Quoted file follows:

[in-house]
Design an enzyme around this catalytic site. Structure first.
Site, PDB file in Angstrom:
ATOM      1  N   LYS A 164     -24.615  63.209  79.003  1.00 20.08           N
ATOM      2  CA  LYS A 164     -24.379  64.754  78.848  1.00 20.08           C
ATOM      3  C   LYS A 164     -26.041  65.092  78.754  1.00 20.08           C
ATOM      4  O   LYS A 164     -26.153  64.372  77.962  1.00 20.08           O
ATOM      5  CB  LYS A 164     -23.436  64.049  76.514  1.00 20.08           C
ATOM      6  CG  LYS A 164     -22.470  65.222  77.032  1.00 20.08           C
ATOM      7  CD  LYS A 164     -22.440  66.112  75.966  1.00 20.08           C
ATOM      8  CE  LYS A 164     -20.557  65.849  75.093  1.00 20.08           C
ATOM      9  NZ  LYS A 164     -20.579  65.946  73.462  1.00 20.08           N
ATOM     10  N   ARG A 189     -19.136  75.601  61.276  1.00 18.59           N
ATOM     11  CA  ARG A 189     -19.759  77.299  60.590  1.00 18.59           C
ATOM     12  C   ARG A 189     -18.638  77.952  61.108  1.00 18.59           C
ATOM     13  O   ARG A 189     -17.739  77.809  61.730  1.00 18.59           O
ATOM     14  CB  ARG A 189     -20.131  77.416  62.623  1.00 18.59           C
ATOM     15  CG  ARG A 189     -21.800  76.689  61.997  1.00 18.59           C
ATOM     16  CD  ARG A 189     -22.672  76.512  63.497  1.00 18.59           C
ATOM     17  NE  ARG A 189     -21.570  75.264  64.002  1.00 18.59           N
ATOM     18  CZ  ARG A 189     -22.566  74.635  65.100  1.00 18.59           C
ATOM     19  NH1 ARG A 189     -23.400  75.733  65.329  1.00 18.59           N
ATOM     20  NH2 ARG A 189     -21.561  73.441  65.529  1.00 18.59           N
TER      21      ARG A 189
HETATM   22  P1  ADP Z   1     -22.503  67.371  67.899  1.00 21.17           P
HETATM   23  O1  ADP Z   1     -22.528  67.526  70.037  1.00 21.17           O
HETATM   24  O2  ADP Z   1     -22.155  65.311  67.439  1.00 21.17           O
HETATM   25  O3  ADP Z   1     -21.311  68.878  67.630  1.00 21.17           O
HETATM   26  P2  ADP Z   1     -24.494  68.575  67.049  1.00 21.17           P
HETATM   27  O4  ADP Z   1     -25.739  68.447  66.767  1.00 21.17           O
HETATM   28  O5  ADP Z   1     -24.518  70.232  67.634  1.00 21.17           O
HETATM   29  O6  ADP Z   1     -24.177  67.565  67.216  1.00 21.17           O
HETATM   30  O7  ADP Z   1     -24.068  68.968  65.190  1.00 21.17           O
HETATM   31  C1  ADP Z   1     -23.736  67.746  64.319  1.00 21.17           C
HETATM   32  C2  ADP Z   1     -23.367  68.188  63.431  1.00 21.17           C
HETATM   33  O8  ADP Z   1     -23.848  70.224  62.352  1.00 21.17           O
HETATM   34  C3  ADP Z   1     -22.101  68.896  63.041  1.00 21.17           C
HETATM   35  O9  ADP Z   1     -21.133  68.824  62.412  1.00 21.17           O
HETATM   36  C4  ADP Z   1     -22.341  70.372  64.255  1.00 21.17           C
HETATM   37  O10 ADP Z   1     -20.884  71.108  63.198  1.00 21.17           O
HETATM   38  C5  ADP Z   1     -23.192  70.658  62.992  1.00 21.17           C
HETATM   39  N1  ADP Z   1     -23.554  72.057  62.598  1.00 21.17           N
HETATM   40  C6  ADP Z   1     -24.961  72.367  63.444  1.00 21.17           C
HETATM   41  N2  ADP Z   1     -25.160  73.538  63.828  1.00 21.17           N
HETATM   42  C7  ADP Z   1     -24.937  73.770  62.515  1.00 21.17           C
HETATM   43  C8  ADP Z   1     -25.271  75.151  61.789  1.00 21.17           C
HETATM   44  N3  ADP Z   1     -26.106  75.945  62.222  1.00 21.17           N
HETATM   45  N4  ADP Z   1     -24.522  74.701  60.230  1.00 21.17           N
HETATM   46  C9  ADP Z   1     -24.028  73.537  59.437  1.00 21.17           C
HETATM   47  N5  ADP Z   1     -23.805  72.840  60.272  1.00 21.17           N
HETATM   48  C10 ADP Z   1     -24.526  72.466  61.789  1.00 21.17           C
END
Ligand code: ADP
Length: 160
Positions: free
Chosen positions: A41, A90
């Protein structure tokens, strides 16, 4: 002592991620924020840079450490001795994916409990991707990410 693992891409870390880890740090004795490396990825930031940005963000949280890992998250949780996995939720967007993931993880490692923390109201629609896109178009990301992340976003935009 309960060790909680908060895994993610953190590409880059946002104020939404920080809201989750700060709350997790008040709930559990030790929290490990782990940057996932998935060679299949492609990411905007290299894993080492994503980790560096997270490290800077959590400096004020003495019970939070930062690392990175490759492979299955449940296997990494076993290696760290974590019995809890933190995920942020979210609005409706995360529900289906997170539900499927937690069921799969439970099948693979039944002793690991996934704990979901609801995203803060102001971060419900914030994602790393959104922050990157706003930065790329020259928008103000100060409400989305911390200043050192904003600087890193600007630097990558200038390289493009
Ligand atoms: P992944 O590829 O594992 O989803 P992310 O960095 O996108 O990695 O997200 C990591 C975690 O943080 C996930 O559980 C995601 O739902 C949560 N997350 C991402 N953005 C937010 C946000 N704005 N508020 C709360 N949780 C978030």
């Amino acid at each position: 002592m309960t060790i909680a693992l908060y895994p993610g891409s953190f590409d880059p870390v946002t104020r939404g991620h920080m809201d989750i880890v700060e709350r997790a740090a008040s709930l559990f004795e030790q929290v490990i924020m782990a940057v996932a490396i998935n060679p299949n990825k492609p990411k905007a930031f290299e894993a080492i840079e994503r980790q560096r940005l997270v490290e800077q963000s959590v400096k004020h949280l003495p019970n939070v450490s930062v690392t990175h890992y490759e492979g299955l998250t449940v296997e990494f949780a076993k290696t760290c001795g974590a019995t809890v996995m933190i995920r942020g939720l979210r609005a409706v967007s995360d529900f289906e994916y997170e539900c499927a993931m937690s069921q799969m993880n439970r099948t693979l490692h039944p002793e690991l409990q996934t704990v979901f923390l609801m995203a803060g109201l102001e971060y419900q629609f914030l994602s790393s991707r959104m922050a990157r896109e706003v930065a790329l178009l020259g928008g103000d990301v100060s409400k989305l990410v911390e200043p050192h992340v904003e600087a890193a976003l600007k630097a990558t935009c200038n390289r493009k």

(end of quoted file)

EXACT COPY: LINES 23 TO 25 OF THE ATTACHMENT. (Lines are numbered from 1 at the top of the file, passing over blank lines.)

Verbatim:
ATOM     20  NH2 ARG A 189     -21.561  73.441  65.529  1.00 18.59           N
TER      21      ARG A 189
HETATM   22  P1  ADP Z   1     -22.503  67.371  67.899  1.00 21.17           P